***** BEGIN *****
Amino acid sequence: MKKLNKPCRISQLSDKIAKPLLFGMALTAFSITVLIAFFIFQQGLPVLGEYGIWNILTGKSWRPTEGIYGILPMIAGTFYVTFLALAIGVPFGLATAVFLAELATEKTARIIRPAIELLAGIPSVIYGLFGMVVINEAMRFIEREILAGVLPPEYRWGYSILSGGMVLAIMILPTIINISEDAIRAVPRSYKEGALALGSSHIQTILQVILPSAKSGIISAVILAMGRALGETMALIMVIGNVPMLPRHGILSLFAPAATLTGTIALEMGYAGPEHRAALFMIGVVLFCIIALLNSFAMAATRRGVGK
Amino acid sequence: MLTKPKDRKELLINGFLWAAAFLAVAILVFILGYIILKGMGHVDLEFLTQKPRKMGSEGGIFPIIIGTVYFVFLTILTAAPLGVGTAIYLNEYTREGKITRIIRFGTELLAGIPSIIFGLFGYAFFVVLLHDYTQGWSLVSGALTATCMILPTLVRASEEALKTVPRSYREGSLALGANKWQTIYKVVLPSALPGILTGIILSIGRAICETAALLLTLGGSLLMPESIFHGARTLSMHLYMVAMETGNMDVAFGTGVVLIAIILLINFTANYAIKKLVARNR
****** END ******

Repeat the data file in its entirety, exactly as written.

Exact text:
Amino acid sequence: MKKLNKPCRISQLSDKIAKPLLFGMALTAFSITVLIAFFIFQQGLPVLGEYGIWNILTGKSWRPTEGIYGILPMIAGTFYVTFLALAIGVPFGLATAVFLAELATEKTARIIRPAIELLAGIPSVIYGLFGMVVINEAMRFIEREILAGVLPPEYRWGYSILSGGMVLAIMILPTIINISEDAIRAVPRSYKEGALALGSSHIQTILQVILPSAKSGIISAVILAMGRALGETMALIMVIGNVPMLPRHGILSLFAPAATLTGTIALEMGYAGPEHRAALFMIGVVLFCIIALLNSFAMAATRRGVGK
Amino acid sequence: MLTKPKDRKELLINGFLWAAAFLAVAILVFILGYIILKGMGHVDLEFLTQKPRKMGSEGGIFPIIIGTVYFVFLTILTAAPLGVGTAIYLNEYTREGKITRIIRFGTELLAGIPSIIFGLFGYAFFVVLLHDYTQGWSLVSGALTATCMILPTLVRASEEALKTVPRSYREGSLALGANKWQTIYKVVLPSALPGILTGIILSIGRAICETAALLLTLGGSLLMPESIFHGARTLSMHLYMVAMETGNMDVAFGTGVVLIAIILLINFTANYAIKKLVARNR